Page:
Apparently the President of the United States was a little weak in history. He was going to civilize a country that had been civilized and cultured for centuries, he was going to Christianize a people that had been Catholic for four hundred years, he was going to educate a people who had their own University of San Ignacio in 1621, and the world famous University of Santo Tomas in 1611; one hundred years before the first University was founded in the United States. The ministers saw their chance to deal a blow at the Catholic Church and they were not slow to take it.

Southern Baptists, Methodists, and Presbyterians swarmed over the Island like locusts. One boat alone brought four hundred non-Catholic ministers. Immediately they set about attacking and undermining the Faith of a defenseless people. They took over control of nearly all the schools of the Islands. It was surely a spectacle to make the angels weep-the whole Catholic childhood of a Catholic nation in the grip of heretical ministers. And what amazing zeal these Protestants showed! In less than two years, Presbyterians, Methodists, Baptists, United Brethren, Seventh Day Adventists, the American Bible Society, and the Y.MC.A., formed themselves into the Evangelical Union of Protestants, and divided the Islands into special spheres of influence, each sphere to be under the control of one sect without opposition from the others.

Not until eighteen months after this Evangelical Union had been formed, did the first Catholic priest arrive from the United States. The Church had lost the youth of the Nation. Though many American Government officials were outstanding men, many others were but bitterly anti-Catholic. To hope for advancement a Filipino had to sacrifice his Faith. The most brilliant students were sent to Protestant colleges or universities in America, and then were sent back to continue the work of proselytizing amongst their own countrymen.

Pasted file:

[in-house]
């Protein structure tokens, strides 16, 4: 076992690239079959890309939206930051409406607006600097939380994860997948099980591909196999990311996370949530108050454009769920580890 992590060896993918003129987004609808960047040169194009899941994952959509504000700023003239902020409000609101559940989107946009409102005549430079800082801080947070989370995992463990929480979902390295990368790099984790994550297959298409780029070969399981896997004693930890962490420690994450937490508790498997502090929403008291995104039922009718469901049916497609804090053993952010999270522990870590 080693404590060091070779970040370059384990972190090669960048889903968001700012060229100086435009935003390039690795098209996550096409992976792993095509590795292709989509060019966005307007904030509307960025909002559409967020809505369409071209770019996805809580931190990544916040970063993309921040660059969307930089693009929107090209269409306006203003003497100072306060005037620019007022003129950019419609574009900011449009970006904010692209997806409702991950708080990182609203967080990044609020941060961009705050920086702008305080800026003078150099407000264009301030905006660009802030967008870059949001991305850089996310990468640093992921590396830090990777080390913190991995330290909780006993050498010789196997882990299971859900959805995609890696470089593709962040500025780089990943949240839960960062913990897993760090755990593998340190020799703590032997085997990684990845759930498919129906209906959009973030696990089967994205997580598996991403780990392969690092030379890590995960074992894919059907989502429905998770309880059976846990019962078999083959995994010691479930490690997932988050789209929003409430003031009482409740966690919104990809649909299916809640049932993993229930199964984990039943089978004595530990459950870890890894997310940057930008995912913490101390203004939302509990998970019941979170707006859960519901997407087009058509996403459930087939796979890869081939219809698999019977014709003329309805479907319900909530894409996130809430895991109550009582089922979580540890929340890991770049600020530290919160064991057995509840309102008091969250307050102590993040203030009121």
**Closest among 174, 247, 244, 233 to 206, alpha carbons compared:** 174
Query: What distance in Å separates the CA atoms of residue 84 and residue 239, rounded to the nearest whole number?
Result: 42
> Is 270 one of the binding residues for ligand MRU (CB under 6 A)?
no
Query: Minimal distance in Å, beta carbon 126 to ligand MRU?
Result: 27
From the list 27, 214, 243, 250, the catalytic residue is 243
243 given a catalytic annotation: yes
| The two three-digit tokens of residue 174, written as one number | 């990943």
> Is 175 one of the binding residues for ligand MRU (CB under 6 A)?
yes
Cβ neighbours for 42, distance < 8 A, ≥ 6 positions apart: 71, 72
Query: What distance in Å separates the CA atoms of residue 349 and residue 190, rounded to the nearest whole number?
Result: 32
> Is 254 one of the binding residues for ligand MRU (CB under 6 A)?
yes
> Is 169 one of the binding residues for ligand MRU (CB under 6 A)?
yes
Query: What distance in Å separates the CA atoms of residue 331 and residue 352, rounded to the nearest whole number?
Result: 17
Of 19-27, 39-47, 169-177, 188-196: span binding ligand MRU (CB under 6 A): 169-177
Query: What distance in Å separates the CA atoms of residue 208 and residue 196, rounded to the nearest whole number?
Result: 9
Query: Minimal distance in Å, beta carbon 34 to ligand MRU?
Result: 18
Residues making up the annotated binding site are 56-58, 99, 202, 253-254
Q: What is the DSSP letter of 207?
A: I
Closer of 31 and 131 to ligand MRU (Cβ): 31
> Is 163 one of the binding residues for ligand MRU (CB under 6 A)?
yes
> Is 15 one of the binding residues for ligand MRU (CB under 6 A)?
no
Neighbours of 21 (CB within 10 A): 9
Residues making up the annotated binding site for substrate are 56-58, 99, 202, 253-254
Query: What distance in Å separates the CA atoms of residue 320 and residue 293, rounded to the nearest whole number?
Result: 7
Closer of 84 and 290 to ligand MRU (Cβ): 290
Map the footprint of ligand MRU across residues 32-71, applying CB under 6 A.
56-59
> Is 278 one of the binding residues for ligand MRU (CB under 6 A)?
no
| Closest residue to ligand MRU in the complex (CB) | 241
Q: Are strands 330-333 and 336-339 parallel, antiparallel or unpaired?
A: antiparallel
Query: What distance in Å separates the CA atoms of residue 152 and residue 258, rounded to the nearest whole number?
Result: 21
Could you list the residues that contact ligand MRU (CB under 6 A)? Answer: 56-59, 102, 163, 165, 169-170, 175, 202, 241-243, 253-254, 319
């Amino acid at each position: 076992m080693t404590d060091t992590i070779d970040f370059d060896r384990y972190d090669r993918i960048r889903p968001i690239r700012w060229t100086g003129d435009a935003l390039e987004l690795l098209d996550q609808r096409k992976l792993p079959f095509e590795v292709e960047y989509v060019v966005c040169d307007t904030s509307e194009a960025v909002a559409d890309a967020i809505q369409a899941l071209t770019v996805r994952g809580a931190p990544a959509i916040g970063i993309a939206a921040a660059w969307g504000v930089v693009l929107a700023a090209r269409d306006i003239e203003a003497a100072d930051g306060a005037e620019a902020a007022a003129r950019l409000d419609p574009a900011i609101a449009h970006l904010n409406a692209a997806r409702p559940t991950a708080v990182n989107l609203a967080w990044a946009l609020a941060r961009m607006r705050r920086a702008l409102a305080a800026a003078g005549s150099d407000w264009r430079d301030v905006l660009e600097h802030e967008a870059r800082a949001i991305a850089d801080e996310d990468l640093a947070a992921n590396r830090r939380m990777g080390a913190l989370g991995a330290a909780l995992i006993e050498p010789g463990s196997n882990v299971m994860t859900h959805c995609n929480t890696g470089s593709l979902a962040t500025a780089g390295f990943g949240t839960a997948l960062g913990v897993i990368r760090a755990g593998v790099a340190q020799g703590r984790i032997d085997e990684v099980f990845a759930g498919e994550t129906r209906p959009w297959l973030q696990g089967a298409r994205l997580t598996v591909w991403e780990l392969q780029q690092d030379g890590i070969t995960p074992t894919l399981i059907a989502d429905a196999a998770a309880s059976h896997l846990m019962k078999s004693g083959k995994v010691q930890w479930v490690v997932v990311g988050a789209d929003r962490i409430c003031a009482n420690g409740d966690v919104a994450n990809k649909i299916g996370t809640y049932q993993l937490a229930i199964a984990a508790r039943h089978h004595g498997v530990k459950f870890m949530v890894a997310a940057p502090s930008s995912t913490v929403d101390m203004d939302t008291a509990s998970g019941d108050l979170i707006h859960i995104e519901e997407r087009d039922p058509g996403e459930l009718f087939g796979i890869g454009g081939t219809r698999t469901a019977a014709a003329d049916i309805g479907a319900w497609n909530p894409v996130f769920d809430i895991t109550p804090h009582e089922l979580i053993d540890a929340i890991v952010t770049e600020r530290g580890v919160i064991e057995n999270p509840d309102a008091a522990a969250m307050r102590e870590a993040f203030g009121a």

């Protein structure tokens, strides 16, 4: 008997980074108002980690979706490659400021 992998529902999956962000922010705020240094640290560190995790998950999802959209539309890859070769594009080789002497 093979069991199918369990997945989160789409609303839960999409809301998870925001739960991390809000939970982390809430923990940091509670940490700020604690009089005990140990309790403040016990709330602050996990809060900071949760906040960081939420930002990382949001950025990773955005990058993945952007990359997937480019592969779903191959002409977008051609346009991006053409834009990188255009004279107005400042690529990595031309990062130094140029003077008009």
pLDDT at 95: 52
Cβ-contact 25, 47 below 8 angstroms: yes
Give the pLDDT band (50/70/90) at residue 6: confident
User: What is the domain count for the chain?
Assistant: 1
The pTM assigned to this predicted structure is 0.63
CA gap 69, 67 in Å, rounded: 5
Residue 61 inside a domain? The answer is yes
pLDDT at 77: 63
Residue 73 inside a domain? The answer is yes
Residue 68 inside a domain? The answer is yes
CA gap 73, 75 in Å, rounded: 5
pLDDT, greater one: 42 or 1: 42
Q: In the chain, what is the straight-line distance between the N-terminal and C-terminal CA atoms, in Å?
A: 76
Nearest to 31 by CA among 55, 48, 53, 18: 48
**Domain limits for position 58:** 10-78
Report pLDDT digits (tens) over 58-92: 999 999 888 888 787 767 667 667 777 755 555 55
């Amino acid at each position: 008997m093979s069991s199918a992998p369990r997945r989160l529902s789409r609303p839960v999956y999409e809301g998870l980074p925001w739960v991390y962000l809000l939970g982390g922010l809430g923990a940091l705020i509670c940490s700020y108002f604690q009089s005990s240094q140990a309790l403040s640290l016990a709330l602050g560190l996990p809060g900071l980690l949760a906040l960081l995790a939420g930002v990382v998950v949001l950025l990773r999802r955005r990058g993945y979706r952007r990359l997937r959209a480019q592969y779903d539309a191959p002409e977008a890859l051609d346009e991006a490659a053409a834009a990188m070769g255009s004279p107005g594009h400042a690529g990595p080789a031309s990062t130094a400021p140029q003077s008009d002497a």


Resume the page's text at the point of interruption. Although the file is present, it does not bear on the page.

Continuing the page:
Danger becomes known

If America could or would have sent some 800 priests to replace the Spanish priests who had left all would have been well. Even if 50 had come they could have checked the growing danger. Yet it is pathetic to count the number of American priests in the Philippines during those first twenty years. By 1912, eleven years after America had complete control of the Islands, there were only eight American priests. In 1919 there were four. In 1920 there were two!

Gradually the imminent danger of the Philippines being lost to the Faith became known. Religious Orders in Belgium, Holland, Germany, Italy and England sent missionaries. From Ireland, Australia and New Zealand came the Redemptorists. They learned the dialects of these people, and then went up and down through the Islands preaching Missions, answering objections of the proselytizers, rallying the people to the old Faith once more.

This was the story of the Philippines as we heard it from the men returning. They told us how the people welcomed their coming, how they had all but given up hope of seeing a priest again, how they came in their thousands to go to confession, to hear Holy Mass, to receive Our Lord into their hearts again after twenty long years of forced separation from Him.

As seminarians, when we heard these thing, heard them from men who had worn themselves out in this grim battle for the soul of a nation, strange longings stirred in our hearts; the tragedy of the Philippines filled our minds; we waited impatiently for the day of ordination, for the day when we might get the word, "Go to the Philippines."

Well, some of us got it. Only after many years did I finally heard the order "Go to the Philippines." And at last, on April 22, 1950, I landed in Manila Bay.